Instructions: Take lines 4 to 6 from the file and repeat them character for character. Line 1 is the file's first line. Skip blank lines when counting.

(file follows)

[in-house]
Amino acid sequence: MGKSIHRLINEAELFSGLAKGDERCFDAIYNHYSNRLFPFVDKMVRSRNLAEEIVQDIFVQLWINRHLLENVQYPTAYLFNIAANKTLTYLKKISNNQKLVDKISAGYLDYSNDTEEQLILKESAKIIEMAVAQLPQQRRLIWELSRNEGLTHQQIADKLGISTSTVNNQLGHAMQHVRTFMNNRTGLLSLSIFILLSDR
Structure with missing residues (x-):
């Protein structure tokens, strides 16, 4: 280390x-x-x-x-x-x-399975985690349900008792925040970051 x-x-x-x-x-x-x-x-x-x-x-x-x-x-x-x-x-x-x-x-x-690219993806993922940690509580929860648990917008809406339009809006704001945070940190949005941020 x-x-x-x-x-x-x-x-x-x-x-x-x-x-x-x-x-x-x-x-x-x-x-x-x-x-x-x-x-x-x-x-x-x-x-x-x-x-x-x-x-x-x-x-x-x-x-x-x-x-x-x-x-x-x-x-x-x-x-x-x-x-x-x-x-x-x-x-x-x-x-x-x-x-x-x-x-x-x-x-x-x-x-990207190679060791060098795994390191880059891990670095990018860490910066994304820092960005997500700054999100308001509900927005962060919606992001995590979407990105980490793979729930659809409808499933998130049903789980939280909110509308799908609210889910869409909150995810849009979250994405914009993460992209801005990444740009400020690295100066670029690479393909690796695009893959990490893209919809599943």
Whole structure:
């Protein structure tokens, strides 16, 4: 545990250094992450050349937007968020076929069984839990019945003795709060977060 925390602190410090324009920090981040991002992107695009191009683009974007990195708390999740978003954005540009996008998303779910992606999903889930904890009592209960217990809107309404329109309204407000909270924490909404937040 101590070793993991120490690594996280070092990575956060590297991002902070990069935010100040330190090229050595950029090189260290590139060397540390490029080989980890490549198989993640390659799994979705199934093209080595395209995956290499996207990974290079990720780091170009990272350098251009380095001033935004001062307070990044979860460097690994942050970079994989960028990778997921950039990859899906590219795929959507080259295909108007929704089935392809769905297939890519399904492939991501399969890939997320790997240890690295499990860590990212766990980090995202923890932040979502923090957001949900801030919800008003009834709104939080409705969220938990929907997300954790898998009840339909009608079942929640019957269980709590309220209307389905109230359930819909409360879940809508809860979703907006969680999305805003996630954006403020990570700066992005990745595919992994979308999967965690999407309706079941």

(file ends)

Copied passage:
């Protein structure tokens, strides 16, 4: 280390x-x-x-x-x-x-399975985690349900008792925040970051 x-x-x-x-x-x-x-x-x-x-x-x-x-x-x-x-x-x-x-x-x-690219993806993922940690509580929860648990917008809406339009809006704001945070940190949005941020 x-x-x-x-x-x-x-x-x-x-x-x-x-x-x-x-x-x-x-x-x-x-x-x-x-x-x-x-x-x-x-x-x-x-x-x-x-x-x-x-x-x-x-x-x-x-x-x-x-x-x-x-x-x-x-x-x-x-x-x-x-x-x-x-x-x-x-x-x-x-x-x-x-x-x-x-x-x-x-x-x-x-x-990207190679060791060098795994390191880059891990670095990018860490910066994304820092960005997500700054999100308001509900927005962060919606992001995590979407990105980490793979729930659809409808499933998130049903789980939280909110509308799908609210889910869409909150995810849009979250994405914009993460992209801005990444740009400020690295100066670029690479393909690796695009893959990490893209919809599943």
Whole structure:
């Protein structure tokens, strides 16, 4: 545990250094992450050349937007968020076929069984839990019945003795709060977060 925390602190410090324009920090981040991002992107695009191009683009974007990195708390999740978003954005540009996008998303779910992606999903889930904890009592209960217990809107309404329109309204407000909270924490909404937040 101590070793993991120490690594996280070092990575956060590297991002902070990069935010100040330190090229050595950029090189260290590139060397540390490029080989980890490549198989993640390659799994979705199934093209080595395209995956290499996207990974290079990720780091170009990272350098251009380095001033935004001062307070990044979860460097690994942050970079994989960028990778997921950039990859899906590219795929959507080259295909108007929704089935392809769905297939890519399904492939991501399969890939997320790997240890690295499990860590990212766990980090995202923890932040979502923090957001949900801030919800008003009834709104939080409705969220938990929907997300954790898998009840339909009608079942929640019957269980709590309220209307389905109230359930819909409360879940809508809860979703907006969680999305805003996630954006403020990570700066992005990745595919992994979308999967965690999407309706079941």